MS Students

Kealie Vogel is a second-year MS student in the IL lab. She received her B.S. in Natural Resources and Environmental Sciences with a concentration in Human Dimensions of the Environment at the University of Illinois Urbana-Champaign in 2019. Her research interests center around human interests within environmental policymaking and US energy policy, stakeholder experiences with environmental regulatory processes, and the relationship between stakeholder participation in these regulatory processes and positive environmental outcomes. Her graduate research focuses on the politics of the Dakota Access Pipeline (DAPL) in Illinois and Iowa. Previous undergraduate research focused on analyzing policies and practices supporting forest management by family forest landowners in the southernmost 11 counties of Illinois and private forest management in budget-constrained environments.


Rebecca Laurent is a second-year MS student in the IL lab. She received a B.A. in Political Science and a B.S. in Natural Resources and Environmental Sciences from the University of Illinois Urbana-Champaign in 2019. Her interests are at the intersection of sociology and environmental politics, especially how the structure of societal power shapes environmental governance. Rebecca’s Master’s research explores the criminalization of protest against the fossil fuel industry in the United States and what this reveals about the resource curse.  Her previous research focused on the relationship between income inequality and climate change mitigation.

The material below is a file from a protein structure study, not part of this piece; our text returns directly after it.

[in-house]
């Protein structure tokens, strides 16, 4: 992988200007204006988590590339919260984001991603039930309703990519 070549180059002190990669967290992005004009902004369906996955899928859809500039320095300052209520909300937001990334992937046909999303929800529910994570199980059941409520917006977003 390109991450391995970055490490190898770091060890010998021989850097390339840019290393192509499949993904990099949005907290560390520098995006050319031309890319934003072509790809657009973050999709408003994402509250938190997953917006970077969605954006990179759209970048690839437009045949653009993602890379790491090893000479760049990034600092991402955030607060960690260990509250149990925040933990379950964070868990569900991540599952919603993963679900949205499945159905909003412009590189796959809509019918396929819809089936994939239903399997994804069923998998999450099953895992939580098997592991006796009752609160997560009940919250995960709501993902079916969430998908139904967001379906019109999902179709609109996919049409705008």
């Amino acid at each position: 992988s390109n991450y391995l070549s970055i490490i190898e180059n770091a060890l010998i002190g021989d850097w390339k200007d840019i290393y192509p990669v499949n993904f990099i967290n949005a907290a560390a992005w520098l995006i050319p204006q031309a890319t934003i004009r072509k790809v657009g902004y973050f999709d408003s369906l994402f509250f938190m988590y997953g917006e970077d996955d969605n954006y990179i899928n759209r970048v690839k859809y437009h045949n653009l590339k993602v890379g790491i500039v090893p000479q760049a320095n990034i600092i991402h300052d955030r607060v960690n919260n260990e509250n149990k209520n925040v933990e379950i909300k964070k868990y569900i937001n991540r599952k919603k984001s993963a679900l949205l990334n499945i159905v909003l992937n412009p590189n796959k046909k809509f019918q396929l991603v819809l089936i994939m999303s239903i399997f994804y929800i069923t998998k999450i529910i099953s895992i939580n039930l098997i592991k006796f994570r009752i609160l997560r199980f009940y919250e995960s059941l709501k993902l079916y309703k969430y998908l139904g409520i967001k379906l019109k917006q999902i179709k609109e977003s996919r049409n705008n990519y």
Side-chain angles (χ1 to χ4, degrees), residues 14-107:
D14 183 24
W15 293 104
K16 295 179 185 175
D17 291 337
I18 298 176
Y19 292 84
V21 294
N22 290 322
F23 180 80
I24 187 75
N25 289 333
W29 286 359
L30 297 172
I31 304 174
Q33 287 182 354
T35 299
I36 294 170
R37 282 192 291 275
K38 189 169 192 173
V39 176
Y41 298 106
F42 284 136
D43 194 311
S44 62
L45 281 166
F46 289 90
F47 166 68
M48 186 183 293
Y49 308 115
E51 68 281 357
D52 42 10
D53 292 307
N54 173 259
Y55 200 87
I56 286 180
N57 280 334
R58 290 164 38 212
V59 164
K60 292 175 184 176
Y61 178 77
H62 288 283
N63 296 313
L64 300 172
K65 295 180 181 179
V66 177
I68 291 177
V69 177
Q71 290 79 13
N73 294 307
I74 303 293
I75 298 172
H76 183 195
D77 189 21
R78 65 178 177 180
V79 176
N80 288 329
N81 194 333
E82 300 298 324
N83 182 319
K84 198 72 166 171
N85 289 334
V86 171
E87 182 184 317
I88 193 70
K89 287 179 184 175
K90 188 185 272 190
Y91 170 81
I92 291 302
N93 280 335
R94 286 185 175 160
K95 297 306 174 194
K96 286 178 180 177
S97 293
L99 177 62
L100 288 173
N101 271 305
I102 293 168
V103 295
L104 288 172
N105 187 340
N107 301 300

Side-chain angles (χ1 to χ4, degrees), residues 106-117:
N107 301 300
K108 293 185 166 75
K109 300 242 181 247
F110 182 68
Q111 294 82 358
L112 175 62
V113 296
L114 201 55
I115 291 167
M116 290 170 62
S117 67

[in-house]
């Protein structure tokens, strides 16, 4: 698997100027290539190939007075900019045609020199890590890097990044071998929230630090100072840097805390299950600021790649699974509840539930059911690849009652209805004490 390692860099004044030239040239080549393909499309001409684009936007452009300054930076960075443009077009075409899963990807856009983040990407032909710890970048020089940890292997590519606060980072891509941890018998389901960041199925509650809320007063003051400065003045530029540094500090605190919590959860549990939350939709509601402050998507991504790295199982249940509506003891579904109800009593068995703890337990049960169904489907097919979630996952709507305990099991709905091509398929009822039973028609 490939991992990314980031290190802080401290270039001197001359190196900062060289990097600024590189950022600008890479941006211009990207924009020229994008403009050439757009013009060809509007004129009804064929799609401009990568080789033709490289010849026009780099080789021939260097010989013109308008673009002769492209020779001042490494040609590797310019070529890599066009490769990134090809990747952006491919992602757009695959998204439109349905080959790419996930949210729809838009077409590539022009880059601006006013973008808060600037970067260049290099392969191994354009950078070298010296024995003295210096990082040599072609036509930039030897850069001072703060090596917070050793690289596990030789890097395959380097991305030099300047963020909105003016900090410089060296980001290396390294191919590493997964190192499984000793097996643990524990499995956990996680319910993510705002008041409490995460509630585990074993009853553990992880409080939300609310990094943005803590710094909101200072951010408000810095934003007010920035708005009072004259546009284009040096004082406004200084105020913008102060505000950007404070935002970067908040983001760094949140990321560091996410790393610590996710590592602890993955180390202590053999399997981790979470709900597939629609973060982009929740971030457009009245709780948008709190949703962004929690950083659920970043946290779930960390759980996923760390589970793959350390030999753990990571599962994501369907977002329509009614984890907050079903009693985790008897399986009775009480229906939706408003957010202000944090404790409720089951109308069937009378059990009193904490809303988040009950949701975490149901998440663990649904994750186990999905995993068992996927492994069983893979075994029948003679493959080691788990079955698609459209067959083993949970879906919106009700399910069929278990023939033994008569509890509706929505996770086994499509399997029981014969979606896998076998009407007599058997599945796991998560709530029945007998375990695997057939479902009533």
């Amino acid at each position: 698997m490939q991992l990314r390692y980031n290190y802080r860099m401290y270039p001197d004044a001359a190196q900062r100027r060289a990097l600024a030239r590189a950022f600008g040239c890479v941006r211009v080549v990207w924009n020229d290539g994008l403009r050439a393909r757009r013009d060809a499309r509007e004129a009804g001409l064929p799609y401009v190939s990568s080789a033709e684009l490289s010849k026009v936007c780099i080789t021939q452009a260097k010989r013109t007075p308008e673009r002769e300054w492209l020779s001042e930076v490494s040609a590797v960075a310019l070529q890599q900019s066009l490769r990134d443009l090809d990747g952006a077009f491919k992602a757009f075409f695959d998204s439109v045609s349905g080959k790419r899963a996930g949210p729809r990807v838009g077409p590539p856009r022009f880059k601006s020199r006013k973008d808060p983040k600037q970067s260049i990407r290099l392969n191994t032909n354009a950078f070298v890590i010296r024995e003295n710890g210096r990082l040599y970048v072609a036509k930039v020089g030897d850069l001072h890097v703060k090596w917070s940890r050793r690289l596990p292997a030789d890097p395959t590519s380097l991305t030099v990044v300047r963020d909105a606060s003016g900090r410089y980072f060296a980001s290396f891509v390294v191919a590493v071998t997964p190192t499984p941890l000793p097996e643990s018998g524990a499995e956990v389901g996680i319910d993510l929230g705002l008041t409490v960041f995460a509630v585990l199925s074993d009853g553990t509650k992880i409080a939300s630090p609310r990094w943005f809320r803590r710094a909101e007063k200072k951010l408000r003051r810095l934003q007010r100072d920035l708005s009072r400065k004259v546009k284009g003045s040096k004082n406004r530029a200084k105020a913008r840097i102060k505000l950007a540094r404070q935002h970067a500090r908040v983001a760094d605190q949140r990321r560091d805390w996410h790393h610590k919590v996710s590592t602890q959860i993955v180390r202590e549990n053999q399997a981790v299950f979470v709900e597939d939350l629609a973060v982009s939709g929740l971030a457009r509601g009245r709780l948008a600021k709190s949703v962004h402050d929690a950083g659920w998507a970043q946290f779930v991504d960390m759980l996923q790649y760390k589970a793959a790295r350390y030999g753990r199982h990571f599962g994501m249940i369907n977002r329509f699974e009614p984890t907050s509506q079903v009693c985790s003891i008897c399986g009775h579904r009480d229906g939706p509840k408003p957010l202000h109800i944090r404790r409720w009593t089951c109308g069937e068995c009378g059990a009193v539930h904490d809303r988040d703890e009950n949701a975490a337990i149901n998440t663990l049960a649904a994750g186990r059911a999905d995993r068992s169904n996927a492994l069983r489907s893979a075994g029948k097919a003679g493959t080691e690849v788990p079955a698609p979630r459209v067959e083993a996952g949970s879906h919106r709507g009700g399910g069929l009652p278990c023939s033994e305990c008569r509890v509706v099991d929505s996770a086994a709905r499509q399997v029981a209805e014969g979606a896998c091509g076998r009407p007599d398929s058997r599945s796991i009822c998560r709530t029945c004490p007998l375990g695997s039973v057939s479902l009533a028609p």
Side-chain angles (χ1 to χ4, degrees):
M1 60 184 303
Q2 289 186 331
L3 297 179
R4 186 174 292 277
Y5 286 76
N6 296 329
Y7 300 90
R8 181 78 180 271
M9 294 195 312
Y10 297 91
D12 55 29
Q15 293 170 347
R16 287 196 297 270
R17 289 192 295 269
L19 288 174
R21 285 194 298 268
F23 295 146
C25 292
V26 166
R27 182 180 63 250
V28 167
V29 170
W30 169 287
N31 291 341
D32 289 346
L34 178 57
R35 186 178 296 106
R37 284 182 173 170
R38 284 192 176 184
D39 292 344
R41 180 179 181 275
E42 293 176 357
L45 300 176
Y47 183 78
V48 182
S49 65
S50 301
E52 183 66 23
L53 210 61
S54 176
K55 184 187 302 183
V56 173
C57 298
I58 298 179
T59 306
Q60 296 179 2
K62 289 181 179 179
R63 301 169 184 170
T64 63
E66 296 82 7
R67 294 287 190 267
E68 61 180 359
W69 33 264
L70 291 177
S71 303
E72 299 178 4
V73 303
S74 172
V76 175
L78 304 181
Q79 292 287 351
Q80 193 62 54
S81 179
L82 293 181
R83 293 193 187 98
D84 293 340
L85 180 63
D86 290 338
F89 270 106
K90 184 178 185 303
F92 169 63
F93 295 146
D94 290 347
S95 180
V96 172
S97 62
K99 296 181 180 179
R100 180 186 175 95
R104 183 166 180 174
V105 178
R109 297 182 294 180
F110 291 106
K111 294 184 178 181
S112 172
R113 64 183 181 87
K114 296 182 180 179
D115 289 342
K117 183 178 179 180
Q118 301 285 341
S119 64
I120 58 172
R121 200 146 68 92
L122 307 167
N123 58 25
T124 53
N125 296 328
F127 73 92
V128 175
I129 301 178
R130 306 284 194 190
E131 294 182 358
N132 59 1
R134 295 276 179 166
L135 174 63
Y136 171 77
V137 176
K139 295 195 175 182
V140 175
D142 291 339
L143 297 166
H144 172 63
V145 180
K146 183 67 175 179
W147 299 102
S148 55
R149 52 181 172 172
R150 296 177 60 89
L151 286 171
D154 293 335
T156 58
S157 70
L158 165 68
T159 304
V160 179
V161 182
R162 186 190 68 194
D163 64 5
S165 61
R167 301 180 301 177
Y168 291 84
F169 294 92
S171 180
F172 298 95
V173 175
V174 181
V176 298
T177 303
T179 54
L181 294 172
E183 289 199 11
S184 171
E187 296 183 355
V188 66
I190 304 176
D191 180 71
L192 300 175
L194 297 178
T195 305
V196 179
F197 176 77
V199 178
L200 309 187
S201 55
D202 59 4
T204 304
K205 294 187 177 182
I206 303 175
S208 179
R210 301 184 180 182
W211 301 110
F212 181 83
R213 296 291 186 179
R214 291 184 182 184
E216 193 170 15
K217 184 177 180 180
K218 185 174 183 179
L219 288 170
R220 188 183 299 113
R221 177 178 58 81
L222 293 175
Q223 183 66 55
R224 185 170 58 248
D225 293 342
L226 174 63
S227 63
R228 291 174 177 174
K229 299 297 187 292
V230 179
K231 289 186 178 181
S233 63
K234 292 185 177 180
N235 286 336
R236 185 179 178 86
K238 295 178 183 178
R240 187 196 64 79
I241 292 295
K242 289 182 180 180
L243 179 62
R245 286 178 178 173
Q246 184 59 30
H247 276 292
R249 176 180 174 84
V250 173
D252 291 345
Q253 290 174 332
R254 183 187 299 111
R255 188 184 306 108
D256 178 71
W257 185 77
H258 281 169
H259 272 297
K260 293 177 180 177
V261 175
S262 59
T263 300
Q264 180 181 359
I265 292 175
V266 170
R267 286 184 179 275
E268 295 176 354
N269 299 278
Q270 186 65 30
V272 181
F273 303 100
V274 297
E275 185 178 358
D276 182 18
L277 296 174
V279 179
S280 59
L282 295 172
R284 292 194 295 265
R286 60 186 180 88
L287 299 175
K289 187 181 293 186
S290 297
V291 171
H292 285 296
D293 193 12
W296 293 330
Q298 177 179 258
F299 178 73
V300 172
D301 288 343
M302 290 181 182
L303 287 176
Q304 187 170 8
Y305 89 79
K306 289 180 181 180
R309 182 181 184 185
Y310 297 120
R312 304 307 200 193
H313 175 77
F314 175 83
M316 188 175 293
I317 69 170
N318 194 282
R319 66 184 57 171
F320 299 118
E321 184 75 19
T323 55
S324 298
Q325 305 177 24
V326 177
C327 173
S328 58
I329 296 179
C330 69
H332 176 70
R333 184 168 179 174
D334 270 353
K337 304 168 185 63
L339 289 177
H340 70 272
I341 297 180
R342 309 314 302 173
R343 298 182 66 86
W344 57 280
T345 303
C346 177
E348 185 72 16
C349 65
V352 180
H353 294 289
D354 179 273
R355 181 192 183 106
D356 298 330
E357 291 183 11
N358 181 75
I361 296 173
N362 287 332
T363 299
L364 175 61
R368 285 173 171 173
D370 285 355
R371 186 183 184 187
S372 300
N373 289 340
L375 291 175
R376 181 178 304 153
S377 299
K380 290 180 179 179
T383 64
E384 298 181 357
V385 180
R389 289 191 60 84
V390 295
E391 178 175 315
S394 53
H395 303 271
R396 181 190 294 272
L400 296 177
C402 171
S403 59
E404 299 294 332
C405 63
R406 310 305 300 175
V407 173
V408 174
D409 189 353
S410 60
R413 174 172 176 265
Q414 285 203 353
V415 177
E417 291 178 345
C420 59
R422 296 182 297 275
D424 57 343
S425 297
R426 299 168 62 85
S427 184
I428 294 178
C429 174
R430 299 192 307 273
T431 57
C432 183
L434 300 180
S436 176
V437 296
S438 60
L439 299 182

Emily Guske is a first-year M.S. student in the IL lab. This is her third year in the in(Secure) Landscapes Lab, and she graduated with a B.S. in Natural Resources and Environmental Sciences from the University of Illinois Urbana-Champaign in May 2020. As an undergraduate student, Emily researched the legal and regulatory processes for the permitting of crude oil pipelines (and the Dakota Access Pipeline specifically) both federally and in the state of Illinois. She also analyzed the avenues for participation that were available in the pipeline permitting process for public actors who sought to stop the construction of DAPL in Illinois. As an M.S. student, Emily will expand her research on the politics of the Dakota Access Pipeline to the state of Iowa, and she will complete the graduate minor in Gender and Women’s Studies (GWS) in order to apply an intersectional feminist approach to her work on extractive policy and law.